If you go to work every day, you might as well go all the way and shoot for the pinnacle of your profession. It’s a competitive world, so set your sights high. If you’re going to take the risk and invest the time, strive for greatness.
Ever since Jim Collins wrote his best-selling book, Good to Great: Why Some Companies Make the Leap…And Others Don’t in 2001, business people worldwide have been fixated on greatness. Why do some companies do so well when a similar competitor languishes? Why do some companies transition from being merely successful to being truly great? What traits and behaviors separate the good from the great?
Of course, good-versus-great questions apply not only to companies; they can be asked of people who want to be great salespersons or marketers.
And remember, everyone is in sales and marketing regardless of their title.
Whether you’re selling medical equipment, working in business development or brokering international business transactions, it’s frankly easy to fail. Salespersons, marketers and dealmakers in every profession commonly fail. Some succeed, but only a tiny percentage achieves greatness.
The question then is what sales-and-marketing traits will lead you to the top of your profession?
Great professionals are ethical and honest. They don’t tell a client or colleague what he or she wants to hear, it’s what they need to hear. Leaders with character tend to hire employees who are also upstanding citizens. Together, they attract clients of character. Everybody wins.
“Second don’t mean nothin’,” said Hall of Fame football coach Barry Switzer who led the Oklahoma Sooners to three national championships and the Dallas Cowboys to the Superbowl. Play to win. Be persistent. Don’t let anything fall through the cracks. Keep track of your competition and do what it takes to run at least a couple steps ahead of them. Be bold for the world has no room for shrinking violets.
It sure helps if you possess some charisma, but rule number one is to listen. Great professionals listen and truly HEAR. When you are engaged in conversation, remember it’s not about you; it’s about your client.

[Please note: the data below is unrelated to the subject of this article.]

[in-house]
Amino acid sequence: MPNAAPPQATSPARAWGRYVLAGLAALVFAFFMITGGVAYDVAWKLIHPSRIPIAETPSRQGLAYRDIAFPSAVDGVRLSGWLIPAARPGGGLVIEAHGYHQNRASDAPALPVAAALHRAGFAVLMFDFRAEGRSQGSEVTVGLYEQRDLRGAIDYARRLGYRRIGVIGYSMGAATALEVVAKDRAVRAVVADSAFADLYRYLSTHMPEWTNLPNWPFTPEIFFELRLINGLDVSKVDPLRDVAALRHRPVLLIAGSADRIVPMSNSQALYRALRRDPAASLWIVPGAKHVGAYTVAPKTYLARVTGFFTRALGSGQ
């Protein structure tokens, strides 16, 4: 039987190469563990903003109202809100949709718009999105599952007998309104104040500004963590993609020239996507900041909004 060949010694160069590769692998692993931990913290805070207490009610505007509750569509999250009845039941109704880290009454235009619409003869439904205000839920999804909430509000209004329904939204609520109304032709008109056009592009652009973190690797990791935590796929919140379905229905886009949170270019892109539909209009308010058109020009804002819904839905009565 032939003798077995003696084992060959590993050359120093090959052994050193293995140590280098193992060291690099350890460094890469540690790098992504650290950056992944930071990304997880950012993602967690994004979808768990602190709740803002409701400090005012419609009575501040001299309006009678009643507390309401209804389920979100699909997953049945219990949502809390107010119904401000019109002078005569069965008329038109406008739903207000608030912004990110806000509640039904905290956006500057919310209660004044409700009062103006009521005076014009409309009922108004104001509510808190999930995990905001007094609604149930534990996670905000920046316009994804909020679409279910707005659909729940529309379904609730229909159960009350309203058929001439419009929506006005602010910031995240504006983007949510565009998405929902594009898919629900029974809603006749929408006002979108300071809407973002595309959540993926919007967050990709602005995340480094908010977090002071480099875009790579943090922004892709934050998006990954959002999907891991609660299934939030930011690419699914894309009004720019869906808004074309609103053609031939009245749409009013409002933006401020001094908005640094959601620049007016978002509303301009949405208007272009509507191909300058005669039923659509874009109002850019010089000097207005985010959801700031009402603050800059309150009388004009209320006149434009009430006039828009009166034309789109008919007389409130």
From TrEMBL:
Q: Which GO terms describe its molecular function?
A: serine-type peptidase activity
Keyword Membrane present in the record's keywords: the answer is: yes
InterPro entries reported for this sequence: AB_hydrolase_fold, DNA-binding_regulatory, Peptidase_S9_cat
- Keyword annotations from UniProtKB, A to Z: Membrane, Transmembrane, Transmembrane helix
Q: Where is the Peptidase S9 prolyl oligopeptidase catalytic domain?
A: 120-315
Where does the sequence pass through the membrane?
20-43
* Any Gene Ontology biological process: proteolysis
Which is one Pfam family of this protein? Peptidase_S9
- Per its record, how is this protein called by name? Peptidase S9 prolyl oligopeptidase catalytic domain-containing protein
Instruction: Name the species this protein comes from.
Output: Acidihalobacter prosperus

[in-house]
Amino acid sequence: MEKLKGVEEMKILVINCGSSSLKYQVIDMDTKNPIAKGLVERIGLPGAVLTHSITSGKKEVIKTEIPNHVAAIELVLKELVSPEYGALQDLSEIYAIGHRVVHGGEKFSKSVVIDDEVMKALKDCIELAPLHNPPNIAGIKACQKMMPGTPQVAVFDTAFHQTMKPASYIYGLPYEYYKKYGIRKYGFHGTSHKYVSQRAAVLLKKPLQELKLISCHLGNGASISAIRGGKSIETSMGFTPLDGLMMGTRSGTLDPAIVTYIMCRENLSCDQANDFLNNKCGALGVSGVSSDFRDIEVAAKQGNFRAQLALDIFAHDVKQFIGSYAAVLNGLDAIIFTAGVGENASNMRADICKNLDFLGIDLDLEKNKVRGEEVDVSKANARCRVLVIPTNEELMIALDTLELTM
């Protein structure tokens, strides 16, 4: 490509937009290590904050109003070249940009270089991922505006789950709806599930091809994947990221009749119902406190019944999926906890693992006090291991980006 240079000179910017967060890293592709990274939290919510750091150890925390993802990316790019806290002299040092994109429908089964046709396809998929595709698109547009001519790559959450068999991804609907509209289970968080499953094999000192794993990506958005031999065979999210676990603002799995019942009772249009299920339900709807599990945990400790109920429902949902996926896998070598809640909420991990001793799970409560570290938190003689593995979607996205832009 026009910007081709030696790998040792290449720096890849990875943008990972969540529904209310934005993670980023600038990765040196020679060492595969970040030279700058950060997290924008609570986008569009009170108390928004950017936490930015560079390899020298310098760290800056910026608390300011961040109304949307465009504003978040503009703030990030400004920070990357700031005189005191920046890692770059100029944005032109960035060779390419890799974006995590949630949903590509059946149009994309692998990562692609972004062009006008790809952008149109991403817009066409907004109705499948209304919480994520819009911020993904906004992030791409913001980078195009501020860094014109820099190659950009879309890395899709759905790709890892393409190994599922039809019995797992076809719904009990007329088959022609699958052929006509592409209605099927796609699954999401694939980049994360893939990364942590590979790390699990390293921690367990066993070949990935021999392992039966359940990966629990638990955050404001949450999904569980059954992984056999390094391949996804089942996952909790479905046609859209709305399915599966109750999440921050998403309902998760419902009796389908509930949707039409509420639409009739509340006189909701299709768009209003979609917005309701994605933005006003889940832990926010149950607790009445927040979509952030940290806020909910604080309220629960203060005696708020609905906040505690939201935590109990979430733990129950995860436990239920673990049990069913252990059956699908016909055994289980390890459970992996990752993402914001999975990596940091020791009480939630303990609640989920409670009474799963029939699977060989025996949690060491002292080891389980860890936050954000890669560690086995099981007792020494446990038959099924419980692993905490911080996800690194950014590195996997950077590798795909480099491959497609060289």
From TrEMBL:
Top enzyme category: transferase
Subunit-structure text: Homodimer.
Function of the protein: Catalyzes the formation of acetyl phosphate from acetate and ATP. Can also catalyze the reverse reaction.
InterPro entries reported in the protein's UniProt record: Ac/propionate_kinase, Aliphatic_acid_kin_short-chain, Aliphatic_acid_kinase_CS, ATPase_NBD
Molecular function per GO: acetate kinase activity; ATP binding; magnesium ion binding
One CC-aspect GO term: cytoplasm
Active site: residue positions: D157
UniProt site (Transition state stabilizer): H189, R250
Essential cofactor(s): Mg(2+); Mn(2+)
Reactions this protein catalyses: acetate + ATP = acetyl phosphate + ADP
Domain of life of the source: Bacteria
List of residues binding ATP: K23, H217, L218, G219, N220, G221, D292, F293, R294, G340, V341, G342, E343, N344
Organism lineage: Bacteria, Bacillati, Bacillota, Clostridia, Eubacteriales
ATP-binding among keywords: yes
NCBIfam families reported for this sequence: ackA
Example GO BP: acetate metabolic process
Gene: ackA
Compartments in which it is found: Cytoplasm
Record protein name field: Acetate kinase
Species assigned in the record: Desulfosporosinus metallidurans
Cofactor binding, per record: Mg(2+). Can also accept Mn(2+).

Have a plan that takes into account the big picture. What’s your philosophy? Strong organizations have developed mission and vision statements. Great individuals need them too.
Whether you are looking at this from an organizational perspective or a personal one, determine your competencies and spend the majority of your time, energy and resources working on those. If you feel like you’re spinning your wheels, ask yourself, “Am I doing what is truly important?”
Have a good product
Contrary to the popular saying, nobody can really sell ice to Eskimos. If your product or service doesn’t stand on its own merit, trying to sell it is no different than beating your head against the wall.
Real estate agents, accountants and trustees are said to have “fiduciary” responsibilities to their clients. In other words, they are legally required to put the client’s interest before their own. No matter what you do, pretend you have a fiduciary duty to the customers you serve. If you do this, you will build rapport, which leads to a relationship, which leads to the holy grail of sales and marketing: trust.
Ability to handle stress
“There are many guys who can paint an incredibly cogent picture of why a company should be investing in China or why a football team should run a certain offense,” says Joe Moglia, who serves as both chairman of TD Ameritrade and a head coach in the United Football League. “The reality is, when things are not going well, when you’re losing money in China, and your guys keep fumbling the ball, how do you handle yourself?”
No matter how busy you are as you put the finishing touches a big deal, remember to think about future deals. Always take time to fill your hopper, so you always have a steady supply of business. Don’t get emotionally attached to a certain piece of business, because you give up your power. Always go where the business is, where your best prospects live. It makes no sense to fish for business in a deserted lake.
Wrap it up
Ultimately, the purpose of marketing is to get somebody to say “yes.” Know what you hope to achieve from a prospect before you meet him or her and then keep steering the conversation toward closure.
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